Meanwhile, Eisenberger said city officials may return to providing three-times-a-week briefings to the community that were conducted at the start of the pandemic to keep residents informed about what the city is doing to address the pandemic.

“Communication is the key,” said Eisenberger. “I think it is time to pick that up.”

While Johnson agreed with the mayor, he didn’t want to take up valuable broadcasting time to keep telling residents what they can’t do.

“We need to put our thinking caps on about whether we should be doing these things,” he said.

Johnson said other developments as the city slowly reopens include allowing in-person council and committee meetings at city hall starting no later than in November. A report to council is expected to be provided in October, said Johnson.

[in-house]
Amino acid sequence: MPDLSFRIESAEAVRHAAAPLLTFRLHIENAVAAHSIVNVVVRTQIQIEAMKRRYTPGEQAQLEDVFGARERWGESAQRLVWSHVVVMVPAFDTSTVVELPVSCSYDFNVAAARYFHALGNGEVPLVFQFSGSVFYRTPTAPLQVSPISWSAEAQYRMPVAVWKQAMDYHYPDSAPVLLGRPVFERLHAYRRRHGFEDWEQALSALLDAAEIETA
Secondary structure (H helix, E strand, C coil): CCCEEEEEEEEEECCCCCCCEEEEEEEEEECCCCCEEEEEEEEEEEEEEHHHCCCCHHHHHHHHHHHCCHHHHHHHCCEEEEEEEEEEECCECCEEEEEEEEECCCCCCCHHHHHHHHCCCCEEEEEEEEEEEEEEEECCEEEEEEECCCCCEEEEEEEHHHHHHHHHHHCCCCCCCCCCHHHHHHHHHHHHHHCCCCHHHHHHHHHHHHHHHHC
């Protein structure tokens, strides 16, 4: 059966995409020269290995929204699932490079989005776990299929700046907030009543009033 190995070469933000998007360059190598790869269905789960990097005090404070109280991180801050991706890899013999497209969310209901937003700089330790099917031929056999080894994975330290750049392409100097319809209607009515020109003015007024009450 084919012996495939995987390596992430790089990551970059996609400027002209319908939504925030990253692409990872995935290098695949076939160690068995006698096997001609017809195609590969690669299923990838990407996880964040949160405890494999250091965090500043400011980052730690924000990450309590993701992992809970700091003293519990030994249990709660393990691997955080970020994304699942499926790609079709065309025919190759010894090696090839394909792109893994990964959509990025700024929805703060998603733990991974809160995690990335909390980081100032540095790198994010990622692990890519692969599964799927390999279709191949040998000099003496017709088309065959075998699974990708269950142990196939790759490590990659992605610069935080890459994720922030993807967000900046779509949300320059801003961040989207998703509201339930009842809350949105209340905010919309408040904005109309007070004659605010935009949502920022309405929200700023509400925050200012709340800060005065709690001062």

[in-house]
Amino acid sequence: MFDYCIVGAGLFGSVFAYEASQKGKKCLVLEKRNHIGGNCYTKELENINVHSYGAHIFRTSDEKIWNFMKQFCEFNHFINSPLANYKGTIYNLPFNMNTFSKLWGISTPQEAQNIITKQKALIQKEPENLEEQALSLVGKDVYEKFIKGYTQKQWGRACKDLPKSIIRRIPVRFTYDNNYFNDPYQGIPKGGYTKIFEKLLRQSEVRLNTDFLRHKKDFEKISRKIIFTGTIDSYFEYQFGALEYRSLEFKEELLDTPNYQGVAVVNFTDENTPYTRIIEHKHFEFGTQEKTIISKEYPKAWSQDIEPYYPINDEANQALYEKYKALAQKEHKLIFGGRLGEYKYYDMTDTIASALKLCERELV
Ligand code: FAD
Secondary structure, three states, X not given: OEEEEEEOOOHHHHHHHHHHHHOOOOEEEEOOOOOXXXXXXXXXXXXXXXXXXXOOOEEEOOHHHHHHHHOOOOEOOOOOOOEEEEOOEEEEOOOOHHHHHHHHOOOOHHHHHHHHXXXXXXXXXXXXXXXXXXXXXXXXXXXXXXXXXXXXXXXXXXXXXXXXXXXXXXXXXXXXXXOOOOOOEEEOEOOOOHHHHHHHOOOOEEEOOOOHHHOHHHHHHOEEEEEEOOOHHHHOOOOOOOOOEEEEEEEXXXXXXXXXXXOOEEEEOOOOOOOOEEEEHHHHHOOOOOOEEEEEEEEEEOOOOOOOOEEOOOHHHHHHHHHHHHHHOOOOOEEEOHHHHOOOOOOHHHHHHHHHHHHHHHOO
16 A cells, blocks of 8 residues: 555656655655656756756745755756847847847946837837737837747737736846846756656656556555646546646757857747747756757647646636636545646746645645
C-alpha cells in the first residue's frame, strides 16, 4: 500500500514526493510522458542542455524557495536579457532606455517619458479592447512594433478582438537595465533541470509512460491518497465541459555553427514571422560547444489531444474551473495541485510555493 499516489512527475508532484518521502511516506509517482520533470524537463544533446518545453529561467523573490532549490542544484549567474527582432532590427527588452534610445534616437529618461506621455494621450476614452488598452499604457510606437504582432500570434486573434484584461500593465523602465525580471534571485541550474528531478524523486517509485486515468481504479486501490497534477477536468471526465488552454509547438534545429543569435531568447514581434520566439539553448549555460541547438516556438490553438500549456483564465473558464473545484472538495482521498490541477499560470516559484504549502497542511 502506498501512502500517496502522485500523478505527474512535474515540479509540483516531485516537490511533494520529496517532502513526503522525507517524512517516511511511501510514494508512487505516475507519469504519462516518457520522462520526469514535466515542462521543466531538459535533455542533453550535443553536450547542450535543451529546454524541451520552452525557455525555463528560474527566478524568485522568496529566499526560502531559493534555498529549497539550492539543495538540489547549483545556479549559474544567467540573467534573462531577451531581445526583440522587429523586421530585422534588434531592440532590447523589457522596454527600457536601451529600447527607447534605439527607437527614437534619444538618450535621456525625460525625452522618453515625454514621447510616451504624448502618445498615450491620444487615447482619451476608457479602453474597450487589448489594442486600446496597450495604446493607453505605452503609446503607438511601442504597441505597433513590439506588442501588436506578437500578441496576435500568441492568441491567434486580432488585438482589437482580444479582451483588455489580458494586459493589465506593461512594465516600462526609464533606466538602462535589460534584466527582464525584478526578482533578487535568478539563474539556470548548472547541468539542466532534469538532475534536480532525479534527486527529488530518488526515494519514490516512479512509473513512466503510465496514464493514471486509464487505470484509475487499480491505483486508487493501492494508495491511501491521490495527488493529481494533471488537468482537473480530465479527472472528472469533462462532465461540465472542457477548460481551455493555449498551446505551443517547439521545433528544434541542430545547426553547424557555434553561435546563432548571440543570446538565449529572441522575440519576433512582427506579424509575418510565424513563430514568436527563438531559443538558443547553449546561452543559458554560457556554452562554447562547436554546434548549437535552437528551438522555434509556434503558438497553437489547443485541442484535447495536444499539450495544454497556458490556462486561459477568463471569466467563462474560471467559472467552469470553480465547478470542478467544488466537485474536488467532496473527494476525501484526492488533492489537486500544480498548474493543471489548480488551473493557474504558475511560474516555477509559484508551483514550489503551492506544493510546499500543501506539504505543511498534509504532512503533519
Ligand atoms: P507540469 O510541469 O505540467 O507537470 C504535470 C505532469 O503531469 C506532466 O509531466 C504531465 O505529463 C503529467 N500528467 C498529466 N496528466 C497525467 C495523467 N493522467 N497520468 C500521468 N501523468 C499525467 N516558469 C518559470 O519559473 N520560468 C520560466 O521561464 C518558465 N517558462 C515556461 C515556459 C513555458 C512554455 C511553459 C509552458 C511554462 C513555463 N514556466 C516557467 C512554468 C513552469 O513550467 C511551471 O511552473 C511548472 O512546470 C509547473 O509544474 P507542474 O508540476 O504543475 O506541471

The city is also reopening Fieldcote Memorial Park and Museum and Ancaster’s Old Town Hall, along with Battlefield House and Museum in Stoney Creek on Sept. 30. In addition, Sackville Senior Centre, Warden Senior’s Club and Winona Senior’s Club will reopen Oct. 5.

And since coronavirus measures have been installed by the province, the city’s bylaw enforcement officers have investigated about 3,000 calls, said Ken Leendertse, director of bylaw enforcement. For instance, officers laid more than 70 charges at the Devil’s Punchbowl in Stoney Creek for people not physically distancing or using the area while it was closed.

As of now, said Leendertse, the department has received 11,000 calls, nearly double the usual 6,000 calls the service receives at this time of year.

“It has been a challenge to say the least,” said Leendertse. “We are keeping up. The team is tired."